Some very good conversations between evangelicals and members of The Church of Jesus Christ of Latter-day Saints have been going on for years. I hope there will be more, and that they’ll be instructive and mutually respectful. Conversation is the beginning of understanding. But too often we see reactions to old stereotypes, like this one. So here is my open letter to Warren Cole Smith in response to his assertions.
Like Michael Otterson, I find the statements by Mr. Smith profoundly ignorant and it highlights how severely misunderstood Mormons still are. However, I think the article written provided the best response.
“I believe a candidate who either by intent or effect promotes a false and dangerous religion is unfit to serve.”
Who decides, Warren, that one religion is acceptable and another “false and dangerous”? Do you? Does the church that you attend? Since you aren’t calling for Mormons to be legally barred from the highest office in the land, is your idea just to effectively marginalize Mormons and make it impossible for them to run for office? Do you feel the same way about other faiths that are different from yours? Catholics, perhaps? Isn’t there something called Article VI, a constitutional provision that forbids a religious test for political office? “…No religious test shall ever be required as a qualification to any office or public trust under the United States.” What does that mean – what has it ever meant – if it doesn’t apply in a case like this?
What it seems you would like me and six million other Mormons in the U.S. to do is concede a fundamental right granted to all Americans because we don’t fit within your definition of what is theologically acceptable. Fortunately, that’s not what the Constitution says, and it’s not what America teaches. I should hope that I can sit one of my grandchildren on my knee and tell them that in our religiously diverse society they are as good as anyone else, and that they will be judged by the fruits of their lives and not by discriminatory interpretations of their faith.
With the greatest respect, Warren, your position is unreasonable, un-Christian and untrue to American ideals. Neither is it typical of the Christians I know, or of those writing at your venue. Mormons across the country live side by side with evangelicals as neighbors, work associates and friends. There is much that they share. And by the way, despite my clear disagreement with some of your theology, I would have absolutely no problem voting for an evangelical who was in every way qualified to be president of the United States.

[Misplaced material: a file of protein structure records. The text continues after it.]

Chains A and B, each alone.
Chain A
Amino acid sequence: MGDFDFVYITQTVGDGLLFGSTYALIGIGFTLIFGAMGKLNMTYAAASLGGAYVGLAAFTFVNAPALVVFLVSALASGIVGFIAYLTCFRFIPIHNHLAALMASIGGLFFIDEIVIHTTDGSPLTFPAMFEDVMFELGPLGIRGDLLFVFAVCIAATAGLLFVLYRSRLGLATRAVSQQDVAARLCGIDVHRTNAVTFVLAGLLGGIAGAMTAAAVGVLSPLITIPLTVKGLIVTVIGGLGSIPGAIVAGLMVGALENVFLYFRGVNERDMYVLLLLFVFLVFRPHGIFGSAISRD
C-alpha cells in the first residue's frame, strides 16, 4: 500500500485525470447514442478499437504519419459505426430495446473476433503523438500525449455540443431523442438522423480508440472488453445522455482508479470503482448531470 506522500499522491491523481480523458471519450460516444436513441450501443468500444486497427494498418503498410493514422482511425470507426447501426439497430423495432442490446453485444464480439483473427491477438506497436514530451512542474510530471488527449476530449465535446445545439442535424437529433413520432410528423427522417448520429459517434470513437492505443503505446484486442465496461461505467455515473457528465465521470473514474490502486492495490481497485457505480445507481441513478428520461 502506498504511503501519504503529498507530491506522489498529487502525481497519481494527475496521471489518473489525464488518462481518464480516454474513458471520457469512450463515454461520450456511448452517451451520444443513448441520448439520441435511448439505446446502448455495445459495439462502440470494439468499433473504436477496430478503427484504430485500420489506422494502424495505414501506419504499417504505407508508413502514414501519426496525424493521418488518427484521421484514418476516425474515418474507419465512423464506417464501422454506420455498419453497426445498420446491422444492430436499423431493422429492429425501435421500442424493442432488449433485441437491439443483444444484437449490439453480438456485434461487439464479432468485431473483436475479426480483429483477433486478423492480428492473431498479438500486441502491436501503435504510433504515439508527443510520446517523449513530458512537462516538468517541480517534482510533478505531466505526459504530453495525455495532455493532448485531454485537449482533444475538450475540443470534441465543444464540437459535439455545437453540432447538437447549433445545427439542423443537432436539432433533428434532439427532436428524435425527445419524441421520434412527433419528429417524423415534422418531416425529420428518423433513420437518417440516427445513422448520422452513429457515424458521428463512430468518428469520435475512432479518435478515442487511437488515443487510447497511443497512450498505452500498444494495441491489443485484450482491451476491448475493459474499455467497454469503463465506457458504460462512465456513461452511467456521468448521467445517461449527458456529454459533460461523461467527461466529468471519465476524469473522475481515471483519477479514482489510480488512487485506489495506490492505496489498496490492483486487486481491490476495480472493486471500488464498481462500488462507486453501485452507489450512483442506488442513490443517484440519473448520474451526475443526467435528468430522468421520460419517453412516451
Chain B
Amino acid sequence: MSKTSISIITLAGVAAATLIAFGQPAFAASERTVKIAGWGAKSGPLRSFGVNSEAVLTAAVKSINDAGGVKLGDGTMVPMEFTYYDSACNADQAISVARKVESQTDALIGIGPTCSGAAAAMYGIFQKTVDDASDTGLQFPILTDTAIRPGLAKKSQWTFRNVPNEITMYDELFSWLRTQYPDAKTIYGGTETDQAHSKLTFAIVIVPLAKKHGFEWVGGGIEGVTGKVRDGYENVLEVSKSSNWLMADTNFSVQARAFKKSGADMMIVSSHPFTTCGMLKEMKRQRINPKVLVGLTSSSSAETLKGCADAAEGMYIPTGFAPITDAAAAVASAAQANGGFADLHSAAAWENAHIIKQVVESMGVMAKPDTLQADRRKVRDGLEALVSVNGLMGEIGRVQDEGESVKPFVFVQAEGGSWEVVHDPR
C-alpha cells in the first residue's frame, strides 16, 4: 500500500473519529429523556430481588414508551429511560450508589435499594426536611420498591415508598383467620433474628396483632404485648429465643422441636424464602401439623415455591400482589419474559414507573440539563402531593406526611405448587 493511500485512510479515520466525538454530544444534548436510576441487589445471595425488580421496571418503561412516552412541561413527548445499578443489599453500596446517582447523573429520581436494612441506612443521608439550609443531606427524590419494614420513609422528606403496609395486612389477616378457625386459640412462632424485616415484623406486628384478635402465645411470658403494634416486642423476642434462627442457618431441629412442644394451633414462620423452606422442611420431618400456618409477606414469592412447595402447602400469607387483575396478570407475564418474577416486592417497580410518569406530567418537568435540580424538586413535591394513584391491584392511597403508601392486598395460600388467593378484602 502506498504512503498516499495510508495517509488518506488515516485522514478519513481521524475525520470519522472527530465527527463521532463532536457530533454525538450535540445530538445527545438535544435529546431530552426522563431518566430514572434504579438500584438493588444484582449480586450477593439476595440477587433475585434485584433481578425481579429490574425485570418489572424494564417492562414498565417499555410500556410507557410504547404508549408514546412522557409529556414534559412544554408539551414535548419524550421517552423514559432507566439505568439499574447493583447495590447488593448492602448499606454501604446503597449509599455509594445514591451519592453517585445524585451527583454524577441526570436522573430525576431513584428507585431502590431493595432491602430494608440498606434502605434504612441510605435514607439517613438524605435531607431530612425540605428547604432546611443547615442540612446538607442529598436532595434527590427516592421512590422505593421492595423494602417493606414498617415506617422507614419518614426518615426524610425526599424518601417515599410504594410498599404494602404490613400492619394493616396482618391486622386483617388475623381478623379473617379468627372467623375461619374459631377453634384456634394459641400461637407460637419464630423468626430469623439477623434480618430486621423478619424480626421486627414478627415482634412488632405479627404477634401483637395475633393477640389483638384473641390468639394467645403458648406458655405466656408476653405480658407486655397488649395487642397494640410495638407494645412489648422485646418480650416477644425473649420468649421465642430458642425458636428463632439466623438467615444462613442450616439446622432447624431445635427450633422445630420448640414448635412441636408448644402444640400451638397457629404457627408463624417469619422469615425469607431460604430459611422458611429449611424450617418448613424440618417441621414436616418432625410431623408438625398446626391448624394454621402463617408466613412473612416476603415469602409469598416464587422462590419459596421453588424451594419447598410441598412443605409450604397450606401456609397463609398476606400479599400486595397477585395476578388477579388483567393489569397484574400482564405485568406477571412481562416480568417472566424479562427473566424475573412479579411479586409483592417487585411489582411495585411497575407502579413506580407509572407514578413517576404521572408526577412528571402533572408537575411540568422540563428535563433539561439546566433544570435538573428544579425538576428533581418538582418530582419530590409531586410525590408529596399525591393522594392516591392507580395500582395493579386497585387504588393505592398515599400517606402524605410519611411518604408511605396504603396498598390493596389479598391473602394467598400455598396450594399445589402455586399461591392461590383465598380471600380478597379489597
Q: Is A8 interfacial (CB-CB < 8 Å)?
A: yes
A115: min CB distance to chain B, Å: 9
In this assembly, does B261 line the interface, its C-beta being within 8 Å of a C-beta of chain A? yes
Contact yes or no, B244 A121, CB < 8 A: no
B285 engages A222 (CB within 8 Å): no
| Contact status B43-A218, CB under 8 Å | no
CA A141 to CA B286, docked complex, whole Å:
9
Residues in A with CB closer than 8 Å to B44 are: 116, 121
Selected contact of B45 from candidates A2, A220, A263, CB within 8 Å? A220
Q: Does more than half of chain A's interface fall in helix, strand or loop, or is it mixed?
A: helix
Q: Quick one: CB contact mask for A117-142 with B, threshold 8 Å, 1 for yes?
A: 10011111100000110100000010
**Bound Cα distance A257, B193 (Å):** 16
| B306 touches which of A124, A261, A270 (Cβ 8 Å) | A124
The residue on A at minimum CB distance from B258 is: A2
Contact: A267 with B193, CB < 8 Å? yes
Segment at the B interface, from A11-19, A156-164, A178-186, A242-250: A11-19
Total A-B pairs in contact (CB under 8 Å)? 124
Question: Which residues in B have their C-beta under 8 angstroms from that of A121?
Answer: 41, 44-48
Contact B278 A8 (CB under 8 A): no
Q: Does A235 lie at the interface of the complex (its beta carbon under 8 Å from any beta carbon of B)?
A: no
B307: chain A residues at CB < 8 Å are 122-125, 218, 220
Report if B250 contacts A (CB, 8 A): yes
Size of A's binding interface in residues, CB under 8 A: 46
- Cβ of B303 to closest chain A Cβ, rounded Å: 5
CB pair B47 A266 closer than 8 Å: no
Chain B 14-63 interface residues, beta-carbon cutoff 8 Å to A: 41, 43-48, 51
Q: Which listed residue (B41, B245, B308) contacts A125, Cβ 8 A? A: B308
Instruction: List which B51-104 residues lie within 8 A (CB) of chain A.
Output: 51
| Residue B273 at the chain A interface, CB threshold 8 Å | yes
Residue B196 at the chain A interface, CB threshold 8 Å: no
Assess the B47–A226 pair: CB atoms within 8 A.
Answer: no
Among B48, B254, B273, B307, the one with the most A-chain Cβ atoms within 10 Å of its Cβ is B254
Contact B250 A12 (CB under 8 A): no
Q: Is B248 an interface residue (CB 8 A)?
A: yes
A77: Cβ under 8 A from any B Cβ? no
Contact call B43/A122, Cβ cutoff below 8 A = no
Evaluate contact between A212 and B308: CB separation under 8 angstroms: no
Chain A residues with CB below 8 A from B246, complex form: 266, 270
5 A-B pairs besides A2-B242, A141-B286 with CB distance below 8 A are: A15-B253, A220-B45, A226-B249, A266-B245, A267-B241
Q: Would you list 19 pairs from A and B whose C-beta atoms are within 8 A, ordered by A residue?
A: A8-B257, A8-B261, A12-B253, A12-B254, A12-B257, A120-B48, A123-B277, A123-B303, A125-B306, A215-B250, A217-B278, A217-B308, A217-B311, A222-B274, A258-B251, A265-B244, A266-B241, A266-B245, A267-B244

It’s time to overcome unfounded fears, to stop propounding them, and to start trying to understand each other better. If you want to talk theology, then let’s get beyond the laundry list of trivia that typically crops up in the news media, and get to the substantial issues – interpretation of the Bible, additional scripture, the purpose of life. Hopefully our next interaction can be a personal one.
I honestly wish that those who have questions, problems, or concerns about the Church and who we are would talk to someone who knows the truth. You don’t go to a Ford dealer to find out about a Chevy. I’ve had very profound and powerful experiences as a missionary trying to resolve stereotypes one person at a time. The most common words said to me as we knock on doors is, “I’m not interested.” It’s a great opportunity to ask “Why?” and then to ask, “Well, what do you know about Mormons and the Church of Jesus Christ of Latter-day Saints.” 9 times out 10 very little is known and it gives me an opportunity to explain my beliefs.
Is this election season going to bring media attention to provide an opportunity for others to understand who Mormons are and what we truly believe? I don’t know, and to be honest I don’t think it really matters. The real opportunity comes for members of the church to step up and help clear these misconceptions and help others to come and see for themselves the blessings that come from the restored church of Jesus Christ. Regardless of the outcomes and misunderstandings, it will never change what I know is true. That God loves us, Joseph Smith was his Prophet, and the Book of Mormon is the word of God. I just pray all of us will come to, share what I share, feel what I have felt, and to know what I know.